In his concluding chapter, Maier’s wrestles with the apparent contradiction of our time—the simultaneous delocalizing force of technology and the apparent growing power of political forces of nationality, identity, and exclusion. He identifies the source of the tensions as arising from the disjuncture of “decision space” and “identity space” (3)—in other words, from the erosion of the nation state as a locus of authority as well as loyalty. He is equally critical of the cosmopolitan who denies territory as identity as the populist who glorifies it, seeking to redeem the idea of place from its reactionary associations, while acknowledging the need for new forms of governance that are not territorially based to meet contemporary challenges. Maier’s solution to the conundrum is to evoke the idea of dual citizenship, embracing both territorial and extra-territorial identities, while recognizing the limitations of the latter—“the European citizenship of the EU seems to offer a rather pallid supplement to national citizenship” (295). But as Maier’s own analysis suggests, following Max Weber, at the core of territoriality, whether state or empire, is successful governance—an idea he equates to Michel Foucault’s “governmentality” (77-78.) The success of governance at the political and economic level fueled the rise first of nation then of empire—and it is the perceived failure of governance at the transnational level today that has fueled the return to nationalism. If and only if these transnational institutions can ‘deliver’ physical and economic security will they successfully compete with the nationalist narratives offered by President Trump, the supporters of Brexit or the French politician Marine le Pen.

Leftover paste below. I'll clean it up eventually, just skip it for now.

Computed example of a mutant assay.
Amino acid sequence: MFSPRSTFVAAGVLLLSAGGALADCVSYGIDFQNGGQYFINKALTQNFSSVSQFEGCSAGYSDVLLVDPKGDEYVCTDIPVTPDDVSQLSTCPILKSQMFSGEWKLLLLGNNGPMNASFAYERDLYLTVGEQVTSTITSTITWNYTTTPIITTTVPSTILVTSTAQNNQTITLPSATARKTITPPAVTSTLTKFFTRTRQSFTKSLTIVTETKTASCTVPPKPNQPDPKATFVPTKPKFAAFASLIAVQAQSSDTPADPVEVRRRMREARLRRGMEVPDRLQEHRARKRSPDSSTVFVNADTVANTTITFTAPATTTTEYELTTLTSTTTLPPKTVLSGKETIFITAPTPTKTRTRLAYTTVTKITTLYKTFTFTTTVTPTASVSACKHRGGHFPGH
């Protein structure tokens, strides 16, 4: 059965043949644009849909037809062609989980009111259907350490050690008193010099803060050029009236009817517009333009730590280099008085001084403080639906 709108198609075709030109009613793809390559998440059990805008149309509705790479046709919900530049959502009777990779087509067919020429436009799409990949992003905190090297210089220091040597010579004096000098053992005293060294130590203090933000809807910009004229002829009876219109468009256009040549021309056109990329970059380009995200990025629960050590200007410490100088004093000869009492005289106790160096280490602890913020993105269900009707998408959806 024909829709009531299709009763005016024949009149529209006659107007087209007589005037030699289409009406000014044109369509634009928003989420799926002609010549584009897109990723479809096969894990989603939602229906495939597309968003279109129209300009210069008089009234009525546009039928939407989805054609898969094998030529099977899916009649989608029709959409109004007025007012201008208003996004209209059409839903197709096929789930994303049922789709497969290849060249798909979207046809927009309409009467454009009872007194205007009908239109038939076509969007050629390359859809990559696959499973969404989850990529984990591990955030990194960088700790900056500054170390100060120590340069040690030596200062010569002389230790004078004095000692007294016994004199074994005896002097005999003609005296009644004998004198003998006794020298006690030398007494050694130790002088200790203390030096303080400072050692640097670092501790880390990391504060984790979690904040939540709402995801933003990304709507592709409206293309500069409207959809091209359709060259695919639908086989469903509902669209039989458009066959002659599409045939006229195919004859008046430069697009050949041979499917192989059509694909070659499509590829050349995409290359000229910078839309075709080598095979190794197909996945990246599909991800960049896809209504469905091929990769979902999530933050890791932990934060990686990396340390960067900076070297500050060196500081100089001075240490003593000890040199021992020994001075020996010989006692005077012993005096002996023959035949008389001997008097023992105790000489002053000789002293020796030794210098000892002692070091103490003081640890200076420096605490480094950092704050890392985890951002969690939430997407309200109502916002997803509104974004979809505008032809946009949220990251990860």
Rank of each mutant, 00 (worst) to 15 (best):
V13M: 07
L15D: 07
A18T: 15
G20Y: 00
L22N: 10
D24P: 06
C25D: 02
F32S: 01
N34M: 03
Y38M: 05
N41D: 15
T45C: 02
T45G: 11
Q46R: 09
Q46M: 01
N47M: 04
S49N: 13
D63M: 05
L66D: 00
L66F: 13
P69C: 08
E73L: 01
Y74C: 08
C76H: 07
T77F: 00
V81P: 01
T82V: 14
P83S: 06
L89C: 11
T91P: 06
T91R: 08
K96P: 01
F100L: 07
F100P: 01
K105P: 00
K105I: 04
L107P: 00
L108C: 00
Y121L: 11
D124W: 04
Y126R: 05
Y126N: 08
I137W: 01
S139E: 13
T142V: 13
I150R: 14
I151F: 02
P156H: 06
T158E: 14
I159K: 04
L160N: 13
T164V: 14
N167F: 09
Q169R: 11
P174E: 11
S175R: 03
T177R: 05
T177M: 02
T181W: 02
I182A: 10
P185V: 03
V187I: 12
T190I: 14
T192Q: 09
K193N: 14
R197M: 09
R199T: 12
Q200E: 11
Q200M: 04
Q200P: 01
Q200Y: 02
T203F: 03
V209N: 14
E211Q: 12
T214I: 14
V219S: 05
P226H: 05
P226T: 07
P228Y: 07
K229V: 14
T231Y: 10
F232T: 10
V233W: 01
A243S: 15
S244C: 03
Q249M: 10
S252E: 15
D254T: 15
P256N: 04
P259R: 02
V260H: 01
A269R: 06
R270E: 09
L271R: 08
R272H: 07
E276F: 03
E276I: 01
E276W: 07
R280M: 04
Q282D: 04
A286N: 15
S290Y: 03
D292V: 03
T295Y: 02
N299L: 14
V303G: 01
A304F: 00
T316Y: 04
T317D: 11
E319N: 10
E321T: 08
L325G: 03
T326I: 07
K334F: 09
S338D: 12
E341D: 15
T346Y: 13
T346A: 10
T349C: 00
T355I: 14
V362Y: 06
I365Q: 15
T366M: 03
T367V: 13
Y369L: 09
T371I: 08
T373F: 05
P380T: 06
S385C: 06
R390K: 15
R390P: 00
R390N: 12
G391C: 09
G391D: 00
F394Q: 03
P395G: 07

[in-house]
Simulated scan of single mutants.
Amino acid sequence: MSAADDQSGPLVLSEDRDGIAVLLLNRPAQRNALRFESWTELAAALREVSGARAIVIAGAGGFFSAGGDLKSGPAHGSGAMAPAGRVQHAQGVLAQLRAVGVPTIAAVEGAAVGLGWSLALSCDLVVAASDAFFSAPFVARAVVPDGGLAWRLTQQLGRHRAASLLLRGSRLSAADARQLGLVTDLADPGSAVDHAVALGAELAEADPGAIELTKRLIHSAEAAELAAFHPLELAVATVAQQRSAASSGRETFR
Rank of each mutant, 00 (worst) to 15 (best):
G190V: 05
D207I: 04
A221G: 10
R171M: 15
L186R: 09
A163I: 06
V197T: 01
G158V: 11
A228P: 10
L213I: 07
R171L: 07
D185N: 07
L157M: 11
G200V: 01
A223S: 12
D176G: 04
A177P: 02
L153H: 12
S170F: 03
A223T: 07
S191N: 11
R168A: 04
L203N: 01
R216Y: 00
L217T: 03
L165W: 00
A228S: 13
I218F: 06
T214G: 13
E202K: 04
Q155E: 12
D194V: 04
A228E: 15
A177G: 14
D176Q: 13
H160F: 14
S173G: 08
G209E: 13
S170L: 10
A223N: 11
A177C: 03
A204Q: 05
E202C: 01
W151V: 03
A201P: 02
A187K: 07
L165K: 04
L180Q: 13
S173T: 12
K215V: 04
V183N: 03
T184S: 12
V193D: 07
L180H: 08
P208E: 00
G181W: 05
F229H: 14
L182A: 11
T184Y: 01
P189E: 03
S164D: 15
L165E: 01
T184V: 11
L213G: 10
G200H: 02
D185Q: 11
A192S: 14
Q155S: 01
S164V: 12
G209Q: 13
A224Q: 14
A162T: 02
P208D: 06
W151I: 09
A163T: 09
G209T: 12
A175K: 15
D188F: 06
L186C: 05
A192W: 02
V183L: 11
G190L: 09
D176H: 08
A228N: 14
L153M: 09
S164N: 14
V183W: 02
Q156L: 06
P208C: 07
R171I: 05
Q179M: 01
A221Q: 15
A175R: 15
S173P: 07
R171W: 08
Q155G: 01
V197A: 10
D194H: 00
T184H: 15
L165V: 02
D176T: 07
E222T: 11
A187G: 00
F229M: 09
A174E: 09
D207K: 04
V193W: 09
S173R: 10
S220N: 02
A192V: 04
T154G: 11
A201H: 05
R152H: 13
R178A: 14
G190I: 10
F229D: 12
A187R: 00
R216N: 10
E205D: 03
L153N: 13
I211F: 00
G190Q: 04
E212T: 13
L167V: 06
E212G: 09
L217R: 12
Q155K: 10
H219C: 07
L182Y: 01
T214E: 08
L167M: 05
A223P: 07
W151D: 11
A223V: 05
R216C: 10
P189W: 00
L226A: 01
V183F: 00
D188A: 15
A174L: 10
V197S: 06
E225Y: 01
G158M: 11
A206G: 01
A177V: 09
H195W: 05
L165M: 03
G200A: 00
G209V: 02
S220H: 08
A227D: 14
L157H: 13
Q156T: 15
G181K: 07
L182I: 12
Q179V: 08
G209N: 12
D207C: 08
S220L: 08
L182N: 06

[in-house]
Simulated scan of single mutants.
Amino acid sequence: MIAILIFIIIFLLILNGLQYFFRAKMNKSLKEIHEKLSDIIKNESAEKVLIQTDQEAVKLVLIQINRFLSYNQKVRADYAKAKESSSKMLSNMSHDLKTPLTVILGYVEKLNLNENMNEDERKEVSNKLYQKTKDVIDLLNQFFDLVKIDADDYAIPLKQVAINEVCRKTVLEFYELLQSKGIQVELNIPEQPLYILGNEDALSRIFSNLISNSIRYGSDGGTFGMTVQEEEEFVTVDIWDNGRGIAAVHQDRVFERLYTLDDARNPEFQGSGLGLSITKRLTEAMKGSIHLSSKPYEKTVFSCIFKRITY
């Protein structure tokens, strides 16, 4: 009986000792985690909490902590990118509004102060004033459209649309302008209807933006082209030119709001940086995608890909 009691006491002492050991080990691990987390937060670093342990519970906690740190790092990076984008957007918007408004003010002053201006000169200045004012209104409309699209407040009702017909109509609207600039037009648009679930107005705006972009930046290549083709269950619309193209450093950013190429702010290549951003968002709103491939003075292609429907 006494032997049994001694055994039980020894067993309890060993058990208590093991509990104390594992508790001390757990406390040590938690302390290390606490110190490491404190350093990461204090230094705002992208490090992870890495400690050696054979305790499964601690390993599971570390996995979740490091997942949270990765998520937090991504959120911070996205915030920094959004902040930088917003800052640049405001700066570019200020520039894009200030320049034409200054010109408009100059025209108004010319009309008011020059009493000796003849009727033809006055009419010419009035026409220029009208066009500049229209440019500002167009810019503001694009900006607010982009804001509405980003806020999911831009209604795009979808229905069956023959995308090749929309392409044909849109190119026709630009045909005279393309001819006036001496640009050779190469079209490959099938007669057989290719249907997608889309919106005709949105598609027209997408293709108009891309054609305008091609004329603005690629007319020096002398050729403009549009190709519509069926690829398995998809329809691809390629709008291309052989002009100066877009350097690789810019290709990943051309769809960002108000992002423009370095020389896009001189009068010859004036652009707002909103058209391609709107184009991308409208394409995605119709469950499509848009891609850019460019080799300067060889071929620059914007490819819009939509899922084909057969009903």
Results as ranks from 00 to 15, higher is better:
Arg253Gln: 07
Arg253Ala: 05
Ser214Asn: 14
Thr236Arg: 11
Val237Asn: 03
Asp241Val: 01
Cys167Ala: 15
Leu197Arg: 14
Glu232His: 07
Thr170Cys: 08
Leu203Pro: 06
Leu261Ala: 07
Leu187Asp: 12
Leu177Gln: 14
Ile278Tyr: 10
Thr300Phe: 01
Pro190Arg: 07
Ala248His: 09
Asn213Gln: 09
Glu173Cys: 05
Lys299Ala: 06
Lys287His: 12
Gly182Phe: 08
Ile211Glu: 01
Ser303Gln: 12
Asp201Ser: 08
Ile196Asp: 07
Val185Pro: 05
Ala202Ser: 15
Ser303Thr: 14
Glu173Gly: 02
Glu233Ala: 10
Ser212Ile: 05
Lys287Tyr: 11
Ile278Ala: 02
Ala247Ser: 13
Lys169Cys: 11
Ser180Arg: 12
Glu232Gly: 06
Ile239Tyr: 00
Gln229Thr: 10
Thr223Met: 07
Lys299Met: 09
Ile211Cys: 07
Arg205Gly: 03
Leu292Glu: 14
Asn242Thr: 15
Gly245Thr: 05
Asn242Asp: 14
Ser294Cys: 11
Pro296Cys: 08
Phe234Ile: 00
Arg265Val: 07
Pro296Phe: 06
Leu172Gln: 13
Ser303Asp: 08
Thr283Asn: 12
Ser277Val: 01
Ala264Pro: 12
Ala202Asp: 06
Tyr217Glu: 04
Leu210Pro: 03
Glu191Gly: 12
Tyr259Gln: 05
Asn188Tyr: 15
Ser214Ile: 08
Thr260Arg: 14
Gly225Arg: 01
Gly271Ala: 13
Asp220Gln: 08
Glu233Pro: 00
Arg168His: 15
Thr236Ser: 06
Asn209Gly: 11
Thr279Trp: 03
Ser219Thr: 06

Reading Maier reminds us that history belongs as much to the humanities as to social science. Maier is at his most evocative when he discerns analogies between the evolution of mathematics and political concepts of territory, from his parallel between the evolution of the nation state and mathematics of the seventeenth century arguing that “state space follows rules defined by l’esprit mathematique of the seventeenth century exemplified by Descartes’s coordinates, Kepler’s orbits and later Newton’s laws” (80), to his later reflections on similarities between modern physics, i.e., uncertainty, entanglement of particles at a distance and non-locality, with the deracinated identities of modern corporations or international criminal gangs. He eschews causality, but implies that there is a common dynamic driving the two developments, noting that “Without our ascribing any simple one way causality, it remains the case that construction of analogous spatial frameworks advanced in different domains at the same time” (288). It leaves one to wonder whether policymakers might be well served to consult physicist Stephen Hawking in addition to former Secretary of State Henry Kissinger or political scientist Joseph Nye about the next phase in the evolution of the international system.
Any customary expression of debt to my readers for their thoughtful reviews of Once within Borders would be inadequate. Their own contributions are to be reckoned with: Francis Gavin has written on issues of international finance and nuclear competition; Daniel Immerwahr has been probing American aid and foreign policies; Walter McDougall, who long ago toiled as I did on the legacies of World War I, has since written large-scale pioneering work on oceanic history and space exploration; and James Steinberg brings first-hand perspectives from the highest level of policy making. Their careful reading is a tribute in its own right; that they have praised the book is doubly gratifying.
As they sense, Once within Borders culminates a long period of inquiry into the long history of what I believe is an essential condition for shaping the world of nations: the enduring but evolving influence of territoriality or bordered global space—so obvious a framework for politics and society that it is rarely conceived of as potentially a historical category in its own right. Immersed, however, for so long in a project that has been hard to explain to colleagues and friends, the historian can lose a sense of personal orientation—is the work potentially significant or trivial, does it illuminate, can it claim originality, might it have some utility in understanding the world as it has come to be? So the author waits anxiously until readers render their verdict.